Our Stuff and Spiritual Disillusionment

By Marie “Ree” Foster

“How, then, is it possible that Methodism, that is, the religion of the heart, though it flourishes now as a green bay-tree, should continue in this state? For the Methodists in every place grow diligent and frugal; consequently, they increase in goods. Hence they proportionably increase in pride, in anger, in the desire of the flesh, the desire of the eyes, and the pride of life. So, although the form of religion remains, the spirit is swiftly vanishing away.”
– John Wesley, Thoughts Upon Methodism, 1786

Growing up in a Bible-believing, God-fearing, southern-American home, my experience of church was mostly a positive one. With my mom being a pastor and my dad a leader in men’s ministry, I had the opportunity to get to know church life in an intimate way from a young age.

When I turned 11-years-old, my family was sent to a small town south of Atlanta, where we were to plant a new congregation. We met many people who weren’t church goers or believers and we became quick friends. Soon there were about 10 people worshipping in our home on Sundays and having Bible studies at other people’s homes throughout the week. As we grew, our worship centers consisted of school cafeterias, gyms, and even a movie theater. The members of the church came from all kinds of backgrounds: Protestant, Catholic, and agnostic. We were an amalgamation of believers and honestly, it was the most beautiful thing I’d ever experienced. I was in love with this community. We were family in every sense of the word. We laughed, loved, disagreed, and grew together. The first five years with this group was the most authentic experience I have ever had with a community of believers.

But in the fifth year, things began to change. Our congregation had the opportunity to merge with a church that was about to be closed. The transition was opposed by many and our community almost broke apart. We struggled with the new idea of being in a permanent location with a set sanctuary. In the previous years, it did not matter where we met; it mattered more that we met. But now we had responsibilities for a building and for certain material things that were considered valuable (i.e. pews, a very old cemetery, a leaking roof, a sanctuary, insurance, hymnals, a 1970s painting of Jesus and just about anything else in an old country church that comes to mind). Suddenly, our focus was not just on coming together as a community of believers to worship and serve; it was also on maintaining all the trappings of an institution.

As a 17-year-old, I had an interest to explore the world and begin to understand humanity. In the summer before my senior year, I spent three weeks in Mozambique, Africa, where I had the opportunity to worship with a small community of believers. Their make-shift building of sticks and a thatched roof was simple but their service was full of life and the love of God. There were no bulletins or worship books and only a few benches in the back, but God filled this space as we sang and listened to his Word. These people shared with us how important it was to focus on the simple blessings such as good health among members, loving relationships between each other, and enough food to share with the poor in the community. After returning home, I began to wrestle with the question of whether our material success in North America is having an effect on our culture’s spiritual disillusionment. Materialism is a well-known characteristic of Western culture, with consumerism being the driving force behind our economy, even infecting our church values.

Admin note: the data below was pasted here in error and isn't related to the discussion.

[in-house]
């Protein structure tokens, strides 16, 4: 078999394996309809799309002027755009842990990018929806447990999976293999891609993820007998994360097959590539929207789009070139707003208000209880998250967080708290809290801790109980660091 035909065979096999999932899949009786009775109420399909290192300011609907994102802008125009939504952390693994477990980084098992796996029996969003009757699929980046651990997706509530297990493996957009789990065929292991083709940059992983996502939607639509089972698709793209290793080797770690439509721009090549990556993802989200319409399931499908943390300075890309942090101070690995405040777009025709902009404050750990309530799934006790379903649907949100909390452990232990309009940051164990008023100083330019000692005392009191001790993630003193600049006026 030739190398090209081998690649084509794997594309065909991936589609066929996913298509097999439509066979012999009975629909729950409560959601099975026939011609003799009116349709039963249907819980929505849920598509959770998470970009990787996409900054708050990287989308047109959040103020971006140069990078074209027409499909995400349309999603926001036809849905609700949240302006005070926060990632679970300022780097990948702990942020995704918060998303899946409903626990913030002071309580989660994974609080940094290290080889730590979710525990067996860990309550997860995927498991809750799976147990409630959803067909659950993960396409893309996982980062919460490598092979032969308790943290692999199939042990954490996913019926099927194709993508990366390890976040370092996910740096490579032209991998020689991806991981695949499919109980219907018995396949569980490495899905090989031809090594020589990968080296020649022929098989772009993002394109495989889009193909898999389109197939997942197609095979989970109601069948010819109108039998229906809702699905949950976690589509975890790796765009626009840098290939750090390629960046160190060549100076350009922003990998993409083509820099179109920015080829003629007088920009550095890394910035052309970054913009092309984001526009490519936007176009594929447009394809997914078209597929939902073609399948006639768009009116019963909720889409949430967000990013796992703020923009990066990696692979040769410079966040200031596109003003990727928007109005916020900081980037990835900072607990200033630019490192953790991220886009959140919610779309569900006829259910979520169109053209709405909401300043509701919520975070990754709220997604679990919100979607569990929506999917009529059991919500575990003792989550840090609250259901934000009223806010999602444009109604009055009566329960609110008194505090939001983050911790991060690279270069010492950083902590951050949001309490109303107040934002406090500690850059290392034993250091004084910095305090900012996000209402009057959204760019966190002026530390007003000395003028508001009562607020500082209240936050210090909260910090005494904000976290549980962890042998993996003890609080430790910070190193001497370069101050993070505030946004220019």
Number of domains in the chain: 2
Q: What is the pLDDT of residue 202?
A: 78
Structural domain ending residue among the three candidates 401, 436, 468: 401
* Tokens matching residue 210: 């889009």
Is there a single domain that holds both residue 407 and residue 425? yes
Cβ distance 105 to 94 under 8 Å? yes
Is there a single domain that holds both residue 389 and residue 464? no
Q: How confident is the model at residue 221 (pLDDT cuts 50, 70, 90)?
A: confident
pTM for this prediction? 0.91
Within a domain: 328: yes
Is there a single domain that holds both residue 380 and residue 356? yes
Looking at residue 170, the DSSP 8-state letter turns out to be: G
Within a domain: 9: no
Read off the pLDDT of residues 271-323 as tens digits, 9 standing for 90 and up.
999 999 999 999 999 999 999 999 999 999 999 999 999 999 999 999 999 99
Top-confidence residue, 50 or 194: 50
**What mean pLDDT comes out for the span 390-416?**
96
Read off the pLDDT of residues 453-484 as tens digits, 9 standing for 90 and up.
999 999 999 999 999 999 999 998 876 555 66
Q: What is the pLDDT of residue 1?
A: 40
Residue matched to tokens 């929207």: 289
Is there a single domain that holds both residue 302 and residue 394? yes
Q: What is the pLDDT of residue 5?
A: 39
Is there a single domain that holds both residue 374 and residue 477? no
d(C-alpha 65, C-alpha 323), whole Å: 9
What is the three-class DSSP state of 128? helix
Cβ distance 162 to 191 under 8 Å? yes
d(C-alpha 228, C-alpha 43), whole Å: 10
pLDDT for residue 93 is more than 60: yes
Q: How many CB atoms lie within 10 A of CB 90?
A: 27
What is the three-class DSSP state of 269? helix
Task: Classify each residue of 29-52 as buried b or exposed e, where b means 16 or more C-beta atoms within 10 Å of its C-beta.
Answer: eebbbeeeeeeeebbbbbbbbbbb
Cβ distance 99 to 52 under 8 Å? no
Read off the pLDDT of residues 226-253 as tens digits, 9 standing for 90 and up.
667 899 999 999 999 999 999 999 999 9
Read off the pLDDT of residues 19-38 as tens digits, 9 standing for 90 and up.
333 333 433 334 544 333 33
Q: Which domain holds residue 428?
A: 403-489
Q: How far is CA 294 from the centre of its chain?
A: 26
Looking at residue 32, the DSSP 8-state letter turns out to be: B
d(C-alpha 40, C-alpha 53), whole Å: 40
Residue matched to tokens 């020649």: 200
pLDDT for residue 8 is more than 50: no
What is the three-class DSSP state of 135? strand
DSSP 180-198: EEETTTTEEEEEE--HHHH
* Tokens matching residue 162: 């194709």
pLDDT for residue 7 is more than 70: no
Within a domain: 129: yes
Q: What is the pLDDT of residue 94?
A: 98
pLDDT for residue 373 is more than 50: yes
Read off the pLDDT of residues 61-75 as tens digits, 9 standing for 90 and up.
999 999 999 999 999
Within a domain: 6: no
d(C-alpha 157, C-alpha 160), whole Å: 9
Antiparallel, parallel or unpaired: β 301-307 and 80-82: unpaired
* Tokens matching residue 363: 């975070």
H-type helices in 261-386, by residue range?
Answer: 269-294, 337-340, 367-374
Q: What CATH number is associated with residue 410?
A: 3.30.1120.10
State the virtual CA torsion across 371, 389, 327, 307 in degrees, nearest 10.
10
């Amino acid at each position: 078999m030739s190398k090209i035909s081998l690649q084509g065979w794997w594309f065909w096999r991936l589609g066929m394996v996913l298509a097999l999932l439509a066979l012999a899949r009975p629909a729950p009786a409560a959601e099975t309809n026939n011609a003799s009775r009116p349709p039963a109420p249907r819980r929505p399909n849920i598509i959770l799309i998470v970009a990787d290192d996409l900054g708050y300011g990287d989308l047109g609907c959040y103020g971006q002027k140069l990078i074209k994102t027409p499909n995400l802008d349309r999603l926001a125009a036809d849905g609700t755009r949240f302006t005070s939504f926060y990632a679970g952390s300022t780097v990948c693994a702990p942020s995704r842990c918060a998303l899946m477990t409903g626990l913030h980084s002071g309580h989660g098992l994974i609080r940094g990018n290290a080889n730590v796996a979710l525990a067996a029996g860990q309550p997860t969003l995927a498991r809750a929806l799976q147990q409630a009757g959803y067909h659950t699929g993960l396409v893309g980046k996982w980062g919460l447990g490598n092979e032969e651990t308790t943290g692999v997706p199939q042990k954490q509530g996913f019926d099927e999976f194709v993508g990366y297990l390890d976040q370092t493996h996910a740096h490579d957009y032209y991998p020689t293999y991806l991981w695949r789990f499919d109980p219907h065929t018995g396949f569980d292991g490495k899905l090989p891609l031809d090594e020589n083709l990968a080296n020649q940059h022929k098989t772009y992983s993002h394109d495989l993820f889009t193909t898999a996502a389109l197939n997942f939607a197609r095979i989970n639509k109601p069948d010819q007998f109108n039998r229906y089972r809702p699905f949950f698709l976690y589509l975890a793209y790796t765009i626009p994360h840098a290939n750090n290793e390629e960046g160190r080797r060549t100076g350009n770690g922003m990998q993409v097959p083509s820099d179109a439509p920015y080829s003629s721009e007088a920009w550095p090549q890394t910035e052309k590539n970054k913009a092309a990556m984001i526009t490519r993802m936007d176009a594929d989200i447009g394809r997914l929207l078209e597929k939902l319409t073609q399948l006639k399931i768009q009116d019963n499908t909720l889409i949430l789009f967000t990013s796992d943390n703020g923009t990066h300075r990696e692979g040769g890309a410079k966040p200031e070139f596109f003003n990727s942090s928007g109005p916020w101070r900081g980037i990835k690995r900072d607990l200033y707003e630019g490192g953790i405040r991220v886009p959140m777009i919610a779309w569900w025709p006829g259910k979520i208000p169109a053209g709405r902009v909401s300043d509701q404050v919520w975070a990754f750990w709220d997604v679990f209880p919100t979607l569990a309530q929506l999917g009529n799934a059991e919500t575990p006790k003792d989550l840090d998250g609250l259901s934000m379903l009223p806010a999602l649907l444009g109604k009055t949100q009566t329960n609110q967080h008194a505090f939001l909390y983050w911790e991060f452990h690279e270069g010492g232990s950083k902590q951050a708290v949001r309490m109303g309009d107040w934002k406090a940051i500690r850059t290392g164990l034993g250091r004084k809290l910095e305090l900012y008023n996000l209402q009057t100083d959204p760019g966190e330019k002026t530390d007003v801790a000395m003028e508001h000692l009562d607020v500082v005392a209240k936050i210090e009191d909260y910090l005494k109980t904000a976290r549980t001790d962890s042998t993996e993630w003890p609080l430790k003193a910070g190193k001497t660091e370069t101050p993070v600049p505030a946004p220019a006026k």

The story is told of Thomas Aquinas once calling upon Pope Innocent II while he was counting out a large sum of money. The pope said, “You see, Thomas, the church can no longer say ‘Silver and gold have I none.’” Aquinas replied, “‘True, Holy Father, but neither can she now say, ‘Rise up and walk.’”

As followers of Jesus Christ, we want more than anything to honor Him. If institutional responsibilities begin to consume too much of our attention, we can too easily lose sight of the reason God has called us into ministry in the first place. We must remember the foundation on which our churches stand. Possessions will break, disappear, and change, but we will never be without the Gospel of Jesus Christ.

Marie “Ree” Foster currently resides in Central Asia as an English teacher with The Mission Society. In addition to teaching, her work focuses on the shift of cultural traditions through globalization as well as the role and practices of the local church.

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